Eye Movement Analysis For Depression Detection

Sharifa Alghowinem, Roland GOECKE, Michael WAGNER, Gordon Parker, Michael Breakspear

Research output: A Conference proceeding or a Chapter in BookConference contribution

34 Citations (Scopus)
2 Downloads (Pure)

Abstract

Depression is a common and disabling mental health disorder, which impacts not only on the sufferer but also on their families, friends and the economy overall. Despite its high prevalence, current diagnosis relies almost exclusively on patient self-report and clinical opinion, leading to a number of subjective biases. Our aim is to develop an objective affective sensing system that supports clinicians in their diagnosis and monitoring of clinical depression. In this paper, we analyse the performance of eye movement features extracted from face videos using Active Appearance Models for a binary classification task (depressed vs. non-depressed). We find that eye movement low-level features gave 70% accuracy using a hybrid classifier of Gaussian Mixture Models and Support Vector Machines, and 75% accuracy when using statistical measures with SVM classifiers over the entire interview. We also investigate differences while expressing positive and negative emotions, as well as the classification performance in gender-dependent versus gender- independent modes. Interestingly, even though the blinking rate was not significantly different between depressed and healthy controls, we find that the average distance between the eyelids (‘eye opening’) was significantly smaller and the average duration of blinks significantly longer in depressed subjects, which might be an indication of fatigue or eye contact avoidance.
Original languageEnglish
Title of host publication2013 IEEE International Conference on Image Processing ICIP2013
EditorsBrian Lovell, David Suter
Place of PublicationMelbourne, Australia
PublisherIEEE, Institute of Electrical and Electronics Engineers
Pages4220-4224
Number of pages5
ISBN (Print)9781479923410
DOIs
Publication statusPublished - 2013
Event2013 IEEE International Conference on Image Processing ICIP2013 - Melbourne, Melbourne, Australia
Duration: 5 Sep 201318 Sep 2013

Conference

Conference2013 IEEE International Conference on Image Processing ICIP2013
CountryAustralia
CityMelbourne
Period5/09/1318/09/13

Fingerprint

Eye movements
Classifiers
Support vector machines
Health
Fatigue of materials
Monitoring

Cite this

Alghowinem, S., GOECKE, R., WAGNER, M., Parker, G., & Breakspear, M. (2013). Eye Movement Analysis For Depression Detection. In B. Lovell, & D. Suter (Eds.), 2013 IEEE International Conference on Image Processing ICIP2013 (pp. 4220-4224). Melbourne, Australia: IEEE, Institute of Electrical and Electronics Engineers. https://doi.org/10.1109/ICIP.2013.6738869
Alghowinem, Sharifa ; GOECKE, Roland ; WAGNER, Michael ; Parker, Gordon ; Breakspear, Michael. / Eye Movement Analysis For Depression Detection. 2013 IEEE International Conference on Image Processing ICIP2013. editor / Brian Lovell ; David Suter. Melbourne, Australia : IEEE, Institute of Electrical and Electronics Engineers, 2013. pp. 4220-4224
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Alghowinem, S, GOECKE, R, WAGNER, M, Parker, G & Breakspear, M 2013, Eye Movement Analysis For Depression Detection. in B Lovell & D Suter (eds), 2013 IEEE International Conference on Image Processing ICIP2013. IEEE, Institute of Electrical and Electronics Engineers, Melbourne, Australia, pp. 4220-4224, 2013 IEEE International Conference on Image Processing ICIP2013, Melbourne, Australia, 5/09/13. https://doi.org/10.1109/ICIP.2013.6738869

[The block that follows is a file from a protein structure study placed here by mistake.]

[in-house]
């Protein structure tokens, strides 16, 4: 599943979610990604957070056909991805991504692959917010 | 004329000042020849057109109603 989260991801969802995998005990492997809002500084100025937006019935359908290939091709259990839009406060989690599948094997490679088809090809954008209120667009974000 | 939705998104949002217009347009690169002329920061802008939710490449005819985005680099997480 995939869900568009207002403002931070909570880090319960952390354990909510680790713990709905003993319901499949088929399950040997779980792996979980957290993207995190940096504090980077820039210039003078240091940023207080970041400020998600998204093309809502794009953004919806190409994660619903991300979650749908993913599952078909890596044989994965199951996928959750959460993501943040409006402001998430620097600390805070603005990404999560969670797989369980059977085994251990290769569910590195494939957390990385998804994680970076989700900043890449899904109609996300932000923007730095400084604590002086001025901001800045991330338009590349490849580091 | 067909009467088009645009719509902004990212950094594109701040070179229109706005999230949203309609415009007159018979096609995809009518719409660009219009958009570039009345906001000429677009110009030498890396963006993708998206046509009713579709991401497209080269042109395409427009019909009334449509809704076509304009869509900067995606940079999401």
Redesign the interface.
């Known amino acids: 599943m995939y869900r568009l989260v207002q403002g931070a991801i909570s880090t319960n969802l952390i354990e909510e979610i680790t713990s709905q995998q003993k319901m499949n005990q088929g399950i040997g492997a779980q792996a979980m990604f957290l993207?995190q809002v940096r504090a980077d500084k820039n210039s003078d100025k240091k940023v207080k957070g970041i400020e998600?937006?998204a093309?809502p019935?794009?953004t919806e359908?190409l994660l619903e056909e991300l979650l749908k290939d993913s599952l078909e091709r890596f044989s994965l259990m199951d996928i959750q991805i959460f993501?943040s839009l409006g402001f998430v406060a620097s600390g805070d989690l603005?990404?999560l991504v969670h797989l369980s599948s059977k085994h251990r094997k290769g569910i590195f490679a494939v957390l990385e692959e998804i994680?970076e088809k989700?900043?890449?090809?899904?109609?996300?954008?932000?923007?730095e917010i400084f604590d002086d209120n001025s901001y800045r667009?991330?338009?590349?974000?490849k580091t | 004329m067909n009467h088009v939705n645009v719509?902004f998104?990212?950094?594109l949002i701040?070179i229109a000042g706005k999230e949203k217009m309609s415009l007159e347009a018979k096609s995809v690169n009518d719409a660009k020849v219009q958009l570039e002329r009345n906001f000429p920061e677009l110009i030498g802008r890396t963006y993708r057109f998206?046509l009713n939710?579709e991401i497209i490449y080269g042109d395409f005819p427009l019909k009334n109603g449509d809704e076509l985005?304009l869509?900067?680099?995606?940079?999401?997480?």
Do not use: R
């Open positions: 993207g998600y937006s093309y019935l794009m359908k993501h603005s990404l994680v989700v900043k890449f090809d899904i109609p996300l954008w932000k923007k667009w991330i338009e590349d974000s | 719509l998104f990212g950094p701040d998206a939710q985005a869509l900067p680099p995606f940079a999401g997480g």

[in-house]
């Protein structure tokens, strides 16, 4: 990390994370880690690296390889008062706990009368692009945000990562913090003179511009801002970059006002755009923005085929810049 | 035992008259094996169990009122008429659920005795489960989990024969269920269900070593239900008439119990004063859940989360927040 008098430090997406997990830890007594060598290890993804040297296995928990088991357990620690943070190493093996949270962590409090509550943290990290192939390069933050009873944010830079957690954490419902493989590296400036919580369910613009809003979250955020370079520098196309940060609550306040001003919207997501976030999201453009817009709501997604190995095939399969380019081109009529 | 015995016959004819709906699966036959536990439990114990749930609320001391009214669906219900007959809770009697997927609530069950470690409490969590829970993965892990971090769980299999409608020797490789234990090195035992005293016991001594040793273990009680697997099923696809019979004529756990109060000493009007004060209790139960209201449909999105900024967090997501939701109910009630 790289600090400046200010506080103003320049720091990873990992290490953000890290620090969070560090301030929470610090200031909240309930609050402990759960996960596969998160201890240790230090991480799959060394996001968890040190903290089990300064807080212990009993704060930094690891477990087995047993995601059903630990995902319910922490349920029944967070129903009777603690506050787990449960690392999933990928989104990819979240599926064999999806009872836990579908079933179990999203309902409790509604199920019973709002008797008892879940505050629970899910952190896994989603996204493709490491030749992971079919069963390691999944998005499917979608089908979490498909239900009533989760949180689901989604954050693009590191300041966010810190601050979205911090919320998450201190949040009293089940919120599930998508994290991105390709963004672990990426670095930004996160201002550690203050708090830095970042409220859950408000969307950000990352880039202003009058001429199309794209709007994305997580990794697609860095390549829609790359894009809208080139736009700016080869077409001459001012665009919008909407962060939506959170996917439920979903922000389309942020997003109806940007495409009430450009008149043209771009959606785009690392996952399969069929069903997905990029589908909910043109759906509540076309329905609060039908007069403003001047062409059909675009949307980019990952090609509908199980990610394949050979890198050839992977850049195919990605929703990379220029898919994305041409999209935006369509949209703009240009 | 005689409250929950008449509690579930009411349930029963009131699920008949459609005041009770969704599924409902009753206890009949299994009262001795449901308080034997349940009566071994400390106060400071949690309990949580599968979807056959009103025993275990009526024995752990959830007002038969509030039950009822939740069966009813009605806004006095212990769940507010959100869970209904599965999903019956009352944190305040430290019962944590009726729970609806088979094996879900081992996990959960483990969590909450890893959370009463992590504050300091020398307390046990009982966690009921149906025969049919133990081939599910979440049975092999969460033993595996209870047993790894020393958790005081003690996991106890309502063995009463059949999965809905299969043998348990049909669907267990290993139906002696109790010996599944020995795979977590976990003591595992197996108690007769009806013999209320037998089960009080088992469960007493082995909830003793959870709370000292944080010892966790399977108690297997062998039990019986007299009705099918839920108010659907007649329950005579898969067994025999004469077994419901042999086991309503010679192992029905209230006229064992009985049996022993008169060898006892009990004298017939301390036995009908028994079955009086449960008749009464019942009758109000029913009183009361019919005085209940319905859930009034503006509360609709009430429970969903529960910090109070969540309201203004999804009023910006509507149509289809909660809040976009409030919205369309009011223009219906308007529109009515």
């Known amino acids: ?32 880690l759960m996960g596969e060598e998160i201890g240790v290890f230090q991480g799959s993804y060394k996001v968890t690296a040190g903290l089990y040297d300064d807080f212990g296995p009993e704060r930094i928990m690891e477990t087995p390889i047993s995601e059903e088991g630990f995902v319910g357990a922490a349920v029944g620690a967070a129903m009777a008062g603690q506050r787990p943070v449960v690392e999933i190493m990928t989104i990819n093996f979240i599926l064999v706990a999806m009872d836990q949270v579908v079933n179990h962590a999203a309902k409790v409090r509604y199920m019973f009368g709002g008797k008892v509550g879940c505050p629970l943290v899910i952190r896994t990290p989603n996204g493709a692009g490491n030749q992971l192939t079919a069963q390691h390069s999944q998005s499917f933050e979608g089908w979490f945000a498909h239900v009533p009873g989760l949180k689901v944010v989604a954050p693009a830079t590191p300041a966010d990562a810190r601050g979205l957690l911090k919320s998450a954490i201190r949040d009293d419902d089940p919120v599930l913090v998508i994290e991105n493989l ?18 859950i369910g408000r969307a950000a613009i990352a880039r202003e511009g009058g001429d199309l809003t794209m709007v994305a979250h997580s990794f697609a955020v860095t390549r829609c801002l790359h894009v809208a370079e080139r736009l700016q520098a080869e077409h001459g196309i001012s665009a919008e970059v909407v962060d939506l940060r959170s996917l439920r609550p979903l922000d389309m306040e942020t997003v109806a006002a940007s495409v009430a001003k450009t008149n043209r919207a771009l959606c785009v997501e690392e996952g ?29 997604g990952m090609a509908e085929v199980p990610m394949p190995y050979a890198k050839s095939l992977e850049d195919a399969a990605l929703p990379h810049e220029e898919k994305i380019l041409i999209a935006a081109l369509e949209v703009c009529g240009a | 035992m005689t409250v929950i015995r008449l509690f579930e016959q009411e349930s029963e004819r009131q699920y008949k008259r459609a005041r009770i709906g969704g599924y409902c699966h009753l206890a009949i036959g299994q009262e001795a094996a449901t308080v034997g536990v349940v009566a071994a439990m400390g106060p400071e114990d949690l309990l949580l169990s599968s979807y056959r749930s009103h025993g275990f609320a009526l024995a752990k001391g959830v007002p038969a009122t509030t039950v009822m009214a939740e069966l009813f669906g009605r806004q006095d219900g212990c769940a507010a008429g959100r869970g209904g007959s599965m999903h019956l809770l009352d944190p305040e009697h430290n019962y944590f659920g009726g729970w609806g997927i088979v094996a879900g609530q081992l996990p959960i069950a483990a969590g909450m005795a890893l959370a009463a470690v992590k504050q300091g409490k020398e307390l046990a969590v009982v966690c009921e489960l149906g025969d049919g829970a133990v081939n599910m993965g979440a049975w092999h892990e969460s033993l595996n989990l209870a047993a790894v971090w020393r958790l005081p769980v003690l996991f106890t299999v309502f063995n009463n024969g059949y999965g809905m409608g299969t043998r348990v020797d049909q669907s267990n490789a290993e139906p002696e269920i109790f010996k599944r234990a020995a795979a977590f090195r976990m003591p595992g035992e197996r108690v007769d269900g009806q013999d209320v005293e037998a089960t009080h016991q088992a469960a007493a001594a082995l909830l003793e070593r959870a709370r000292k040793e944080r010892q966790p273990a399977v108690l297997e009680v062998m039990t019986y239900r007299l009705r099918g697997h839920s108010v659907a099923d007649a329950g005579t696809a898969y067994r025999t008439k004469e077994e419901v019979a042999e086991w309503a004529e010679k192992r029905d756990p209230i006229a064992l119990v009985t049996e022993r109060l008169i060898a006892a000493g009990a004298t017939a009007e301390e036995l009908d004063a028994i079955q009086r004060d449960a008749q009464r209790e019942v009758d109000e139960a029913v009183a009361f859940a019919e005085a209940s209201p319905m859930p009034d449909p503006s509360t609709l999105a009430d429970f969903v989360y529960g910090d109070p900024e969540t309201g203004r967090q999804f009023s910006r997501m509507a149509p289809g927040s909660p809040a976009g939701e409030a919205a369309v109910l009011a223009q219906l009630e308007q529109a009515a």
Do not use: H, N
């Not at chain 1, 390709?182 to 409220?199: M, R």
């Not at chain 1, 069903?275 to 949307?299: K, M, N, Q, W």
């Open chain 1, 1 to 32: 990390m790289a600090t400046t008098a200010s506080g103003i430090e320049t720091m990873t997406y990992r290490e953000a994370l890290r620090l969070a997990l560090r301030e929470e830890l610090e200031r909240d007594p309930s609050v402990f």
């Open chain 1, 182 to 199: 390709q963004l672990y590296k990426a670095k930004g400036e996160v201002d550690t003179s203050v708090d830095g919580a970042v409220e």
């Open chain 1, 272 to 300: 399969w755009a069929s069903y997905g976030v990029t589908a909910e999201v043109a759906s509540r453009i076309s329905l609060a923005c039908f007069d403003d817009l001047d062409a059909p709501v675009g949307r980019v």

Eye Movement Analysis For Depression Detection. / Alghowinem, Sharifa; GOECKE, Roland; WAGNER, Michael; Parker, Gordon; Breakspear, Michael.

2013 IEEE International Conference on Image Processing ICIP2013. ed. / Brian Lovell; David Suter. Melbourne, Australia : IEEE, Institute of Electrical and Electronics Engineers, 2013. p. 4220-4224.

Research output: A Conference proceeding or a Chapter in BookConference contribution

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AB - Depression is a common and disabling mental health disorder, which impacts not only on the sufferer but also on their families, friends and the economy overall. Despite its high prevalence, current diagnosis relies almost exclusively on patient self-report and clinical opinion, leading to a number of subjective biases. Our aim is to develop an objective affective sensing system that supports clinicians in their diagnosis and monitoring of clinical depression. In this paper, we analyse the performance of eye movement features extracted from face videos using Active Appearance Models for a binary classification task (depressed vs. non-depressed). We find that eye movement low-level features gave 70% accuracy using a hybrid classifier of Gaussian Mixture Models and Support Vector Machines, and 75% accuracy when using statistical measures with SVM classifiers over the entire interview. We also investigate differences while expressing positive and negative emotions, as well as the classification performance in gender-dependent versus gender- independent modes. Interestingly, even though the blinking rate was not significantly different between depressed and healthy controls, we find that the average distance between the eyelids (‘eye opening’) was significantly smaller and the average duration of blinks significantly longer in depressed subjects, which might be an indication of fatigue or eye contact avoidance.

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Alghowinem S, GOECKE R, WAGNER M, Parker G, Breakspear M. Eye Movement Analysis For Depression Detection. In Lovell B, Suter D, editors, 2013 IEEE International Conference on Image Processing ICIP2013. Melbourne, Australia: IEEE, Institute of Electrical and Electronics Engineers. 2013. p. 4220-4224 https://doi.org/10.1109/ICIP.2013.6738869